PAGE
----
Having more than one income stream can help you make the most out of retirement. But there are limits to how much you can earn before your Age Pension eligibility and entitlements are affected. When assessing your income, the government performs what’s called an income test.
The Government Age Pension basics
When you reach retirement age, you may apply to Centrelink to receive the Government Age Pension. Whether you’re eligible depends on:
- How much income you get (the income test)
- How much your assets are worth (the assets test)
- Your residency status.
The test that results in the lower pension rate will be the one applied to your personal situation.
What is the income test?
For many Australians, measuring income isn’t as simple as just looking at a monthly pay slip. Income can come from a variety of sources, such as investments and interest on savings. When it comes to the Age Pension, your combined income has to be under a certain limit for you to be eligible for payments.
To assess your Age Pension eligibility in relation to the income test, the government looks at your total earnings across all your income streams. This total income value (along with your total asset value) will determine if you’re eligible for the pension, and how much your pension payments will be.
How much income can you earn before affecting your Age Pension payments?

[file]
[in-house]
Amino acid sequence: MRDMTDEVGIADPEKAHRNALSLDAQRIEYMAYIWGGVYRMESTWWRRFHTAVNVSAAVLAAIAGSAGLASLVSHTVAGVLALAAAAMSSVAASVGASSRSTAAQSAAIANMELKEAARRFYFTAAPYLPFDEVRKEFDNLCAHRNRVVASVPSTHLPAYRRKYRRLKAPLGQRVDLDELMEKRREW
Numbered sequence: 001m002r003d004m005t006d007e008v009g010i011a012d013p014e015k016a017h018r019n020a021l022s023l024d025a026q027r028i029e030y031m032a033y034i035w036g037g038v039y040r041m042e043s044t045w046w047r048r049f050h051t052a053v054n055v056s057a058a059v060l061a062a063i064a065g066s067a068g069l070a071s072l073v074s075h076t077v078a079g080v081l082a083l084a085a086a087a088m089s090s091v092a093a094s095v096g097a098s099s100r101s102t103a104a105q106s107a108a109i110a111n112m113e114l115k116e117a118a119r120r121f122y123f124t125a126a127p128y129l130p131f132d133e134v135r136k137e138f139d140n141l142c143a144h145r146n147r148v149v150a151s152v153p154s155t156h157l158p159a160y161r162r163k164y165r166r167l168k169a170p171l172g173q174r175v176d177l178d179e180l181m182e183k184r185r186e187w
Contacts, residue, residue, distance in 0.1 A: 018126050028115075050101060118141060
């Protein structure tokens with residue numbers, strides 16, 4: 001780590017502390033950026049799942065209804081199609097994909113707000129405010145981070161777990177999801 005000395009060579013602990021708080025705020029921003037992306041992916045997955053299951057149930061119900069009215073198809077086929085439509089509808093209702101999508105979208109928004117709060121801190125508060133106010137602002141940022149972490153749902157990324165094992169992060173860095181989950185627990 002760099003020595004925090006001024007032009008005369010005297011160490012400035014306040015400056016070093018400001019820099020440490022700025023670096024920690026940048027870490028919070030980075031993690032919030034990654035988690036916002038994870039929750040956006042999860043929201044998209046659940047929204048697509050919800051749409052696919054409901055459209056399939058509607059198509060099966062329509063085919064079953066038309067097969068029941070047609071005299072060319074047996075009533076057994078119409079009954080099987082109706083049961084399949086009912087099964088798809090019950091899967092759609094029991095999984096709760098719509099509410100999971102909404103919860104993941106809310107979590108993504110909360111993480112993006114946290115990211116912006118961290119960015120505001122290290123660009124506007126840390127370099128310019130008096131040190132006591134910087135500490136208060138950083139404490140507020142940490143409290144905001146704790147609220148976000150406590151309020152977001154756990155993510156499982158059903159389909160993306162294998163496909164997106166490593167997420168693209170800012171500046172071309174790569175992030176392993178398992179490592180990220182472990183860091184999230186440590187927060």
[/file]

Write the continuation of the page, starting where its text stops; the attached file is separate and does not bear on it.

You’re allowed to earn a certain level of income before your pension is reduced or cancelled.
To receive the maximum Age Pension payment, your fortnightly income needs to be under $180 if you’re single. Or, under $320 a fortnight if you’re in a couple that lives together, or apart due to ill health.
For every dollar you earn over this limit, your pension will reduce by 50c for a single person, and 50c per couple.
If you earn over a certain amount in a fortnight (known as the ‘cut off point’), you won’t be eligible to receive any payments.
Age Pension cut off points
|IF YOU’RE:||YOUR FORTNIGHTLY
INCOME CUT OFF POINT IS:
|A couple, living together||$3,192.40 (combined)|
|A couple, living apart due to ill health||$4,130.80 (combined)|
Your Age Pension cut off point will be higher if you get the Work Bonus. This is an incentive designed to encourage you to keep working while receiving the Age Pension. All payments may be lower if you don’t live in Australia.READ MORE: AM I ELIGIBLE FOR THE GOVERNMENT AGE PENSION?